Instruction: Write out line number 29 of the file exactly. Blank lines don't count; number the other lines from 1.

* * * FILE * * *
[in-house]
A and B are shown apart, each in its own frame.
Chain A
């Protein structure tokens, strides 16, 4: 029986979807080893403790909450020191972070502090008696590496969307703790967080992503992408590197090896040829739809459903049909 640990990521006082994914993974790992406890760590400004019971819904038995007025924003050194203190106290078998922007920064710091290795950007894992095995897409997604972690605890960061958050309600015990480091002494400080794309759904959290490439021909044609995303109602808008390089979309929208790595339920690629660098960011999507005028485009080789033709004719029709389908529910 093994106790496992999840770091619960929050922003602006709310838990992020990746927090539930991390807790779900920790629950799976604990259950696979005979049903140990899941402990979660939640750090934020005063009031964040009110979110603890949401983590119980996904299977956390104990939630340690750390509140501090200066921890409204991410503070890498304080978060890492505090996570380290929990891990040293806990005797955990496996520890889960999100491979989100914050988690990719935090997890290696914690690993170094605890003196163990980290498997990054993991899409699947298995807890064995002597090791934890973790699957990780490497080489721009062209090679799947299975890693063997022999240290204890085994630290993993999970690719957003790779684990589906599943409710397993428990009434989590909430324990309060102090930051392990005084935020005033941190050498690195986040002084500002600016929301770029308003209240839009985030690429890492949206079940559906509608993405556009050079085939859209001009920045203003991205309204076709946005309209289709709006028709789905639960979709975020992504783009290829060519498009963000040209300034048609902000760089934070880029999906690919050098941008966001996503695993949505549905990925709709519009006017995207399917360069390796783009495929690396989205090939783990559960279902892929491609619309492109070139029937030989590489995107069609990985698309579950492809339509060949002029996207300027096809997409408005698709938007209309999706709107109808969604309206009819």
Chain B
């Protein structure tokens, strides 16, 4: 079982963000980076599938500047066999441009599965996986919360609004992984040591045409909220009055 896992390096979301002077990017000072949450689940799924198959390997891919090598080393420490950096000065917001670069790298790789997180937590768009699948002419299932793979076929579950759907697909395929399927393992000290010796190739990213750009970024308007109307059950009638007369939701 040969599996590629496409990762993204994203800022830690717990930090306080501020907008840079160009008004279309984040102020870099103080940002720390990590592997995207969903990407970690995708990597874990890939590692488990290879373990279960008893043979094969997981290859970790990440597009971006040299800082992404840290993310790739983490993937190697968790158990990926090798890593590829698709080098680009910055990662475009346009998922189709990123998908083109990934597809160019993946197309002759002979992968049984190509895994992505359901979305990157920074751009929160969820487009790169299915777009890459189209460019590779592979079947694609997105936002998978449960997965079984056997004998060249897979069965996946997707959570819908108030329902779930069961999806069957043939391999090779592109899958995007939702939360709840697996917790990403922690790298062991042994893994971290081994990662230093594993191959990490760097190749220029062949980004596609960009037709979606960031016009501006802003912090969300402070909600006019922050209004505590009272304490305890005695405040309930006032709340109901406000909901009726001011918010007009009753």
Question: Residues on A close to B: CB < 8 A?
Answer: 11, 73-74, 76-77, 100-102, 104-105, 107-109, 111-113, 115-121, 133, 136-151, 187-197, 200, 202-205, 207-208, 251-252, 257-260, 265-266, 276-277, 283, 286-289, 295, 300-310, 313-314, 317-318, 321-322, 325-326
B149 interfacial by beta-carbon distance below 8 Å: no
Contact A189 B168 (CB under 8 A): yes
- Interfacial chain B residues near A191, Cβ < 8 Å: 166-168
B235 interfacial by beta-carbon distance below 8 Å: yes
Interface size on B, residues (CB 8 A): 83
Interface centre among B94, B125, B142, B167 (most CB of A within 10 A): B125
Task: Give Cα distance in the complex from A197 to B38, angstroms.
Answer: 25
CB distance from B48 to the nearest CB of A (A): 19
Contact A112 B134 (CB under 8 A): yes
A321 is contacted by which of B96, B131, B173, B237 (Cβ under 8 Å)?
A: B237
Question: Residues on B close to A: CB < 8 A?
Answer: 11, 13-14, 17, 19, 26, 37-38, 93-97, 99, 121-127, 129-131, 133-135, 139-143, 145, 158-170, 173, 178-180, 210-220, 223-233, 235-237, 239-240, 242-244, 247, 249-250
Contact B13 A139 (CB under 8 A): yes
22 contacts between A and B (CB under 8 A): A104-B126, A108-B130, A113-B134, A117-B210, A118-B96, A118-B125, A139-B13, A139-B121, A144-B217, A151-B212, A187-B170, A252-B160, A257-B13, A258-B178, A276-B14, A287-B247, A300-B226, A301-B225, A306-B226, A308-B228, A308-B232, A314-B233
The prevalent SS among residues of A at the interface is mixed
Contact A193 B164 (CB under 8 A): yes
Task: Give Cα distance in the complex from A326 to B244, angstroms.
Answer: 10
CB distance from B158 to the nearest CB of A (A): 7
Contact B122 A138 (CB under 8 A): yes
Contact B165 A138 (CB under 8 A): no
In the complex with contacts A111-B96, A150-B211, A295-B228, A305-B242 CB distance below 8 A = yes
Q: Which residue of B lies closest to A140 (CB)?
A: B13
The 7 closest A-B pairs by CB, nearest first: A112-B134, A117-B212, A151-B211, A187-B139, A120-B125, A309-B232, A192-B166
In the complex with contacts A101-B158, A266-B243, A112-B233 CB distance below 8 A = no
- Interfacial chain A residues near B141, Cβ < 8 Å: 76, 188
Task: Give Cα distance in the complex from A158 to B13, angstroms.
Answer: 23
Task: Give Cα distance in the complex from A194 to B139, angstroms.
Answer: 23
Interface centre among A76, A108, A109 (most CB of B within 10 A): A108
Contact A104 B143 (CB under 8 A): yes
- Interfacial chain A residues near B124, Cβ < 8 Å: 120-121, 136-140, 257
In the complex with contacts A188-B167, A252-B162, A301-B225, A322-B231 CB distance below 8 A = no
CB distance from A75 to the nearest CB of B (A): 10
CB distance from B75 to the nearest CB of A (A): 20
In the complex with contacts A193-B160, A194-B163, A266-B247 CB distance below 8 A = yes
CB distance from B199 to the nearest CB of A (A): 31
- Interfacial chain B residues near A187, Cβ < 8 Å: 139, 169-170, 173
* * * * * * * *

CB distance from B158 to the nearest CB of A (A): 7